Aug 25, 2010This review contains spoilers, click expand to view. Could this be the perfect game? Well... a post-apocalyptic world to explore. A mysterious storyline dealing with the aforementioned dystopia, as well as ghosts and demons. Fantastic art and production values highlighted by beautifully rendered cinematics and finally a main character who wields a flashlight controlled by the Wii remote. Fragile Dreams: Farewell Ruins of the Moon has got all that in its package. You play as a young boy named Seto as he searches for human survivors after most of the human race has died out. At the beginning of the game Seto's mentor (who he calls grandfather) tragically dies and he is left alone. For the most part, the game revolves around exploring the post-apocalyptic Japan. While the story is intriguing, what really brings this game home are the beautiful graphics and amazing audio. Fragile Dreams is an experience that is not only enjoyable visually, but it is a treat to the ears. The emotional elements â… Expand
Dec 21, 2010A hauntingly beautiful adventure of a boy who could very well be the last living human on Earth. Gorgeous looks and sounds, and a touching take on concepts of death, solitude, and memories. It's just that the gameplay isn't there. Clunky combat and, towards the end, some truly horrible and mundane level designs. Brilliant story but shame about the game.
Jul 7, 2011Fragile Dreams is possibly the first game to make me cry. I may have had to punch a wall afterwards to prove my masculinity (Thank you, Y-chromosome), but during the 10-15 hours of gameplay I threw my manliness to the wind and bawled like a champ.
Forgoing the usual giant mecha-robots seen in Japanese games, Fragile Dreams is a beautiful and sad exploration in to what it means to be human.Fragile Dreams is possibly the first game to make me cry. I may have had to punch a wall afterwards to prove my masculinity (Thank you, Y-chromosome), but during the 10-15 hours of gameplay I threw my manliness to the wind and bawled like a champ.
Forgoing the usual giant mecha-robots seen in Japanese games, Fragile Dreams is a beautiful and sad exploration in to what it means to be human. With subject matter ranging from isolation, desperation, insanity, sexuality and our innate need for companionship, FD's tragic beauty is apparent in every facet of its presentation. The long, echoing, deserted landscapes create a unique feeling not often seen in games.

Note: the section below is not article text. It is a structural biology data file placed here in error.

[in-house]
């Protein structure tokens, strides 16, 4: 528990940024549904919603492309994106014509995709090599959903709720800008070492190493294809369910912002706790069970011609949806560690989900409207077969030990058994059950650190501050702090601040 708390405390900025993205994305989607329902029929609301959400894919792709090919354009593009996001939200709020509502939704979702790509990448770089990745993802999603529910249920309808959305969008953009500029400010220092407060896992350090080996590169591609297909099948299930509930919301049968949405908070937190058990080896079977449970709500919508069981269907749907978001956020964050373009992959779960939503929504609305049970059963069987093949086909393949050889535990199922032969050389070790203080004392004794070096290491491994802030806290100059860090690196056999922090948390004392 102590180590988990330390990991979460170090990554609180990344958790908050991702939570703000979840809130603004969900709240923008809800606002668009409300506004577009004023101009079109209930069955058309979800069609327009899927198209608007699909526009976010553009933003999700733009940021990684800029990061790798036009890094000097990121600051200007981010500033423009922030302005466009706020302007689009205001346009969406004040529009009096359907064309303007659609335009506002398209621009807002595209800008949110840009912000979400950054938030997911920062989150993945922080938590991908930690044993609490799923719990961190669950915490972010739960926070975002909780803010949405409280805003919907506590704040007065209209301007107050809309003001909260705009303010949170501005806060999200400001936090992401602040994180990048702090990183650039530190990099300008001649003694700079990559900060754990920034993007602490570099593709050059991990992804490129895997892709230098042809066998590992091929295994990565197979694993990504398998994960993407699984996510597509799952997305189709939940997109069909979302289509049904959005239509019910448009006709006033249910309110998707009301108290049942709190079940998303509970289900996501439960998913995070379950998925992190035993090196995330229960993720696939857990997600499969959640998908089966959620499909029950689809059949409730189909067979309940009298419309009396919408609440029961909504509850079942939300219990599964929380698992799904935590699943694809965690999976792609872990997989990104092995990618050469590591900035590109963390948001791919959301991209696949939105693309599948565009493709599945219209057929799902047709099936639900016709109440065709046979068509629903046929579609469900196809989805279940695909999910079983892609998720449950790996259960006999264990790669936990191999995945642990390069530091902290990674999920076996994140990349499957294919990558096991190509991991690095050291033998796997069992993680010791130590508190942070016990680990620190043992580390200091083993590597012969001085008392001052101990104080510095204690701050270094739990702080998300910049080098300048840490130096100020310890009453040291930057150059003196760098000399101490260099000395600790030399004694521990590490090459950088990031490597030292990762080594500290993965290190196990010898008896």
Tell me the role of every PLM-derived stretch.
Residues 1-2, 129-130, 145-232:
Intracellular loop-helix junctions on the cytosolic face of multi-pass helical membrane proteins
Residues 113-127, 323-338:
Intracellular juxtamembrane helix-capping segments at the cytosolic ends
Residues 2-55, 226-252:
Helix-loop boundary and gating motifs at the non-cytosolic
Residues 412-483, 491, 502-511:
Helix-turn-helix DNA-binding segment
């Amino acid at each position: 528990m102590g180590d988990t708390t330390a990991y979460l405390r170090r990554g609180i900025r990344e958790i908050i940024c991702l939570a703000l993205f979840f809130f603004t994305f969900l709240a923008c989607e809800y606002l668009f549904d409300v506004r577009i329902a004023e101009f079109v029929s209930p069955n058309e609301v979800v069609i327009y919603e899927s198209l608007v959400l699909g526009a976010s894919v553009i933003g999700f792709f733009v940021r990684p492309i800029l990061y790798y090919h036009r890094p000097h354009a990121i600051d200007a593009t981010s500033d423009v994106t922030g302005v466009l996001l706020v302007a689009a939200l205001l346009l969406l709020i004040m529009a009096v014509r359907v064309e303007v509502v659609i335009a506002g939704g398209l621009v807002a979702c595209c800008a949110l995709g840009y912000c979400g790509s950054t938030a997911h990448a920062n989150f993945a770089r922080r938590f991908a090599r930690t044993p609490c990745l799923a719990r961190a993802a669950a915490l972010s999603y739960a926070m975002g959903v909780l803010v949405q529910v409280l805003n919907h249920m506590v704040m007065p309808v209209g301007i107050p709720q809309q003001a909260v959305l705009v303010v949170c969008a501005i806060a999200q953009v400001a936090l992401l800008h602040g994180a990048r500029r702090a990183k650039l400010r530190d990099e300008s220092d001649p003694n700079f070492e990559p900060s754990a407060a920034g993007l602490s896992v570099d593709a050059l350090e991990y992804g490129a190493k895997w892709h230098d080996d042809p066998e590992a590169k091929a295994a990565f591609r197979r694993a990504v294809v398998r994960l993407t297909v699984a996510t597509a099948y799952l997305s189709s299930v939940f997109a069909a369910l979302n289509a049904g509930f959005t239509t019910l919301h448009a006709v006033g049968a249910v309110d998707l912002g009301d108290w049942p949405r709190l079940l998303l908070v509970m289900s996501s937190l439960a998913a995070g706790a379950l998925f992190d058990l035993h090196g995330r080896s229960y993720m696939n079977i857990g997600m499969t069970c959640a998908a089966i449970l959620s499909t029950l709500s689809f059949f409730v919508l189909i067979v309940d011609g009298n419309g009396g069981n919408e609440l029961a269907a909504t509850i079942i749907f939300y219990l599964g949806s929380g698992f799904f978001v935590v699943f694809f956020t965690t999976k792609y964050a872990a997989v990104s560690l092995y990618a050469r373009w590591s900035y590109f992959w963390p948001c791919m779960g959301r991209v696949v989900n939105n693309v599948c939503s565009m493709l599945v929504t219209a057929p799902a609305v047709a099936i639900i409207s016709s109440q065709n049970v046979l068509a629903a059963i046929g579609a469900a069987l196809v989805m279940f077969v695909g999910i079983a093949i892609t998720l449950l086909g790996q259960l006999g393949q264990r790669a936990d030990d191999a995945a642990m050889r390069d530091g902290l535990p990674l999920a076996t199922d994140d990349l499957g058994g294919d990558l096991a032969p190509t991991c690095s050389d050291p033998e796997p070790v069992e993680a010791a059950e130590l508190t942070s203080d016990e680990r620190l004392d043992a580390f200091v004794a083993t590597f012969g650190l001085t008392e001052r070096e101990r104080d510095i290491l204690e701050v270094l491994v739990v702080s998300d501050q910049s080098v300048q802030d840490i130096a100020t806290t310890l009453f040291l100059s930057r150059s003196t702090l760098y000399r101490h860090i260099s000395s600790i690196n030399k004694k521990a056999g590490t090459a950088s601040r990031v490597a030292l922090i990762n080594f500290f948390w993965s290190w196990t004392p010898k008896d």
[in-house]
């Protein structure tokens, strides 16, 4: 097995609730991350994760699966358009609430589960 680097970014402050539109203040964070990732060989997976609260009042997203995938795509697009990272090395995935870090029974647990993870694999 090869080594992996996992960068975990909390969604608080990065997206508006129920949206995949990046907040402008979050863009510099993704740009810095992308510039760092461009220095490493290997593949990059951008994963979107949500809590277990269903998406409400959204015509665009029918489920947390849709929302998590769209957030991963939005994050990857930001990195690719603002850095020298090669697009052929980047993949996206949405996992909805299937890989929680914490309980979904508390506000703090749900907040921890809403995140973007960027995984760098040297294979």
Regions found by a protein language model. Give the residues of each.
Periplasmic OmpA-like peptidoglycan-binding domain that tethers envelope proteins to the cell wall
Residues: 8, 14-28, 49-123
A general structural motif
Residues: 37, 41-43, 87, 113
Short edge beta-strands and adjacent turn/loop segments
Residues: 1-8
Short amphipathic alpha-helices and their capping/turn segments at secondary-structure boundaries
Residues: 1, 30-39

The story and its characters surprisingly come off as relatable and real for the most part. While the main character (Seto) cries in every other cutscene, the needy bugger really does endear himself. With the death of his possibly pedophilic grandfather, Seto ventures into the ruins of humanity to search for another living soul. Setos upbringing (living in a single room with an old man for 15 years) does make for an interesting character development. Having never seen another human being, or anything outside his house Setos ignorance to what 'electricity' is really does make him feel like a real person.
The ending falls prey to the over dramatics seen in most Japanese media with a dramatic "YOU CAN'T DEFEAT THE POWER OF HEART/FRIENDSHIP/LOVE/TEAMWORK/CAPTAIN PLANET" speech, but for the most part stays true to its humble story of a loneliness.
The gamplay is...eh. The wii suffers from the lack of a second joystick to control the camera as usual. In combat, you're better off praying to your deity of choice that your attack will hit then relying on being able to see depth. The combat itself is simple, fitting the game. Here's a stick, go whack things with it. Later in the game, you get bigger sticks or oddly shaped sticks, but you're just going to be whacking things the same way.
My main issue is with the menu interface. Going for a diablo-esq inventory screen, you have to play a frustrating home-made tetris game to fit your candies and sticks in your pack until you can return to a savepoint/bonfire to store things. And when you do, you have to wait for Seto to repeat the same f*n line about wanting to sleep and tell a chicken-headed merchant to piss off before you can move your stick.
Another example is with the map. Rather than a traditional map, the player is shown a map drawn BY Seto. While charming and cute, when trying to figure out which long hallway to run down, seeing Setos drawings of cats (..yea, i don't get why either) doesn't help.
But that's what kind of game this is. Tri-Crescendo were clearly aiming for style over substance and FD has more style then the winner of the Pimp King title at the international sex-workers convention. With one of the most novel aesthetics and story, you can easily forgive the shoddy interface and combat. Just don't be expecting balls-to-the-wall action...or replay value....or an absence of homo-erotica... Now, I'm going back to punch that wall.… Collapse
Awards & Rankings
Nintendo PowerThe developers have accomplished a rare feat in producing a game that is legitimately thought-provoking, original, and visually distinctive. Too bad they couldn't find a way to make it fun. [Apr 2010, p.88]